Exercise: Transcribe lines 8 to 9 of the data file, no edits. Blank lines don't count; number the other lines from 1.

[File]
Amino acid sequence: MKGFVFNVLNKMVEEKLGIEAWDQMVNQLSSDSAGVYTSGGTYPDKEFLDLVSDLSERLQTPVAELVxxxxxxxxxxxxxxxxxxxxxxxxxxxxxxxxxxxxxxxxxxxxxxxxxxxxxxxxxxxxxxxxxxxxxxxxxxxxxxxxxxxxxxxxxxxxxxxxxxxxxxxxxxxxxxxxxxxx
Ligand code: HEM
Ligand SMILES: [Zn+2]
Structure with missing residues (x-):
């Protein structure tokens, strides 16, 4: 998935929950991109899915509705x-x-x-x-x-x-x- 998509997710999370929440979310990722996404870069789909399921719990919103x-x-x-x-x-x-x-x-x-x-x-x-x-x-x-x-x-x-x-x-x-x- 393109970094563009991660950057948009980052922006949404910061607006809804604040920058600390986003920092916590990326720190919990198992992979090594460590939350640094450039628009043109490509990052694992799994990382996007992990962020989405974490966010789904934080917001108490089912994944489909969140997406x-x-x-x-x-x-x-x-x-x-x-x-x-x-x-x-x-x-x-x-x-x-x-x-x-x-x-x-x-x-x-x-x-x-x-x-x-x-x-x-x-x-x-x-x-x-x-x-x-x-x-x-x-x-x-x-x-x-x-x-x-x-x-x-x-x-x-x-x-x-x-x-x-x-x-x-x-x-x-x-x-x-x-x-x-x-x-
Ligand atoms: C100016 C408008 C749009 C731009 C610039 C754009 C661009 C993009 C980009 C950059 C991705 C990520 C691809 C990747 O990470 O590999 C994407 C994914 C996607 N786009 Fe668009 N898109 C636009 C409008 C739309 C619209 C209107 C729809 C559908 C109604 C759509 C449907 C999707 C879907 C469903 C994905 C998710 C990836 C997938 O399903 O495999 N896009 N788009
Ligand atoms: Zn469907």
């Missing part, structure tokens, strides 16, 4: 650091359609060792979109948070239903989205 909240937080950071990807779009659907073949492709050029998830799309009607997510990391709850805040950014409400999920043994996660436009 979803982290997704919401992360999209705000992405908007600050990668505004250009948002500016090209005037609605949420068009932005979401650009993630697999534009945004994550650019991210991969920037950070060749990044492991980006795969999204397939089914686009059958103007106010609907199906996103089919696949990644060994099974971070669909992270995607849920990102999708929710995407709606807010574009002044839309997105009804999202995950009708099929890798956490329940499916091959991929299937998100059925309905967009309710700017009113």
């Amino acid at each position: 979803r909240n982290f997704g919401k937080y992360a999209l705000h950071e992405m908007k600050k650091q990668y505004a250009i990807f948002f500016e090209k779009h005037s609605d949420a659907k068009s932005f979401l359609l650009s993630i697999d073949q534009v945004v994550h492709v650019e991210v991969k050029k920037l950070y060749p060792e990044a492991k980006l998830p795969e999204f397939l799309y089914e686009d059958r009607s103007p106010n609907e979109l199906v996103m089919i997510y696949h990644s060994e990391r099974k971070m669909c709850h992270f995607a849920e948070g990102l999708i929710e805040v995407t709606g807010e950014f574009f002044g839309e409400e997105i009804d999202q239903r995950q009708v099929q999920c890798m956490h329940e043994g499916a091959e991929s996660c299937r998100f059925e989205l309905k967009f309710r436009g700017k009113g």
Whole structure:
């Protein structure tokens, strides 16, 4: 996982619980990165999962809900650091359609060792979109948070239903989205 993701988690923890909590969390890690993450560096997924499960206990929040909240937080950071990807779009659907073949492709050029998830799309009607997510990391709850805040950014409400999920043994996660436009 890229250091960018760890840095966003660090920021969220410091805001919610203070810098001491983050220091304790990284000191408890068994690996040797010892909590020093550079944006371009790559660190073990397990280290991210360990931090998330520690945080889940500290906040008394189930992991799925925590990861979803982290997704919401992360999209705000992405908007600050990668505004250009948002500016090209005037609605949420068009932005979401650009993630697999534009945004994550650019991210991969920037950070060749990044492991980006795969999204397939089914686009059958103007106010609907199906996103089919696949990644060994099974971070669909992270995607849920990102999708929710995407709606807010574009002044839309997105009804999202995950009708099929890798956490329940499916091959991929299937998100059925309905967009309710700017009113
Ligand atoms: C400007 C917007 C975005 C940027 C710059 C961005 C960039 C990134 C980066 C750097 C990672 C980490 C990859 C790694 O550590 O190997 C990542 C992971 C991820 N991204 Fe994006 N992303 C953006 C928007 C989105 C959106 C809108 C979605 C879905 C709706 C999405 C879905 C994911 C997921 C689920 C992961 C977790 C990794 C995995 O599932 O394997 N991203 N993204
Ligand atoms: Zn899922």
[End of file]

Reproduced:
């Missing part, structure tokens, strides 16, 4: 650091359609060792979109948070239903989205 909240937080950071990807779009659907073949492709050029998830799309009607997510990391709850805040950014409400999920043994996660436009 979803982290997704919401992360999209705000992405908007600050990668505004250009948002500016090209005037609605949420068009932005979401650009993630697999534009945004994550650019991210991969920037950070060749990044492991980006795969999204397939089914686009059958103007106010609907199906996103089919696949990644060994099974971070669909992270995607849920990102999708929710995407709606807010574009002044839309997105009804999202995950009708099929890798956490329940499916091959991929299937998100059925309905967009309710700017009113």
């Amino acid at each position: 979803r909240n982290f997704g919401k937080y992360a999209l705000h950071e992405m908007k600050k650091q990668y505004a250009i990807f948002f500016e090209k779009h005037s609605d949420a659907k068009s932005f979401l359609l650009s993630i697999d073949q534009v945004v994550h492709v650019e991210v991969k050029k920037l950070y060749p060792e990044a492991k980006l998830p795969e999204f397939l799309y089914e686009d059958r009607s103007p106010n609907e979109l199906v996103m089919i997510y696949h990644s060994e990391r099974k971070m669909c709850h992270f995607a849920e948070g990102l999708i929710e805040v995407t709606g807010e950014f574009f002044g839309e409400e997105i009804d999202q239903r995950q009708v099929q999920c890798m956490h329940e043994g499916a091959e991929s996660c299937r998100f059925e989205l309905k967009f309710r436009g700017k009113g």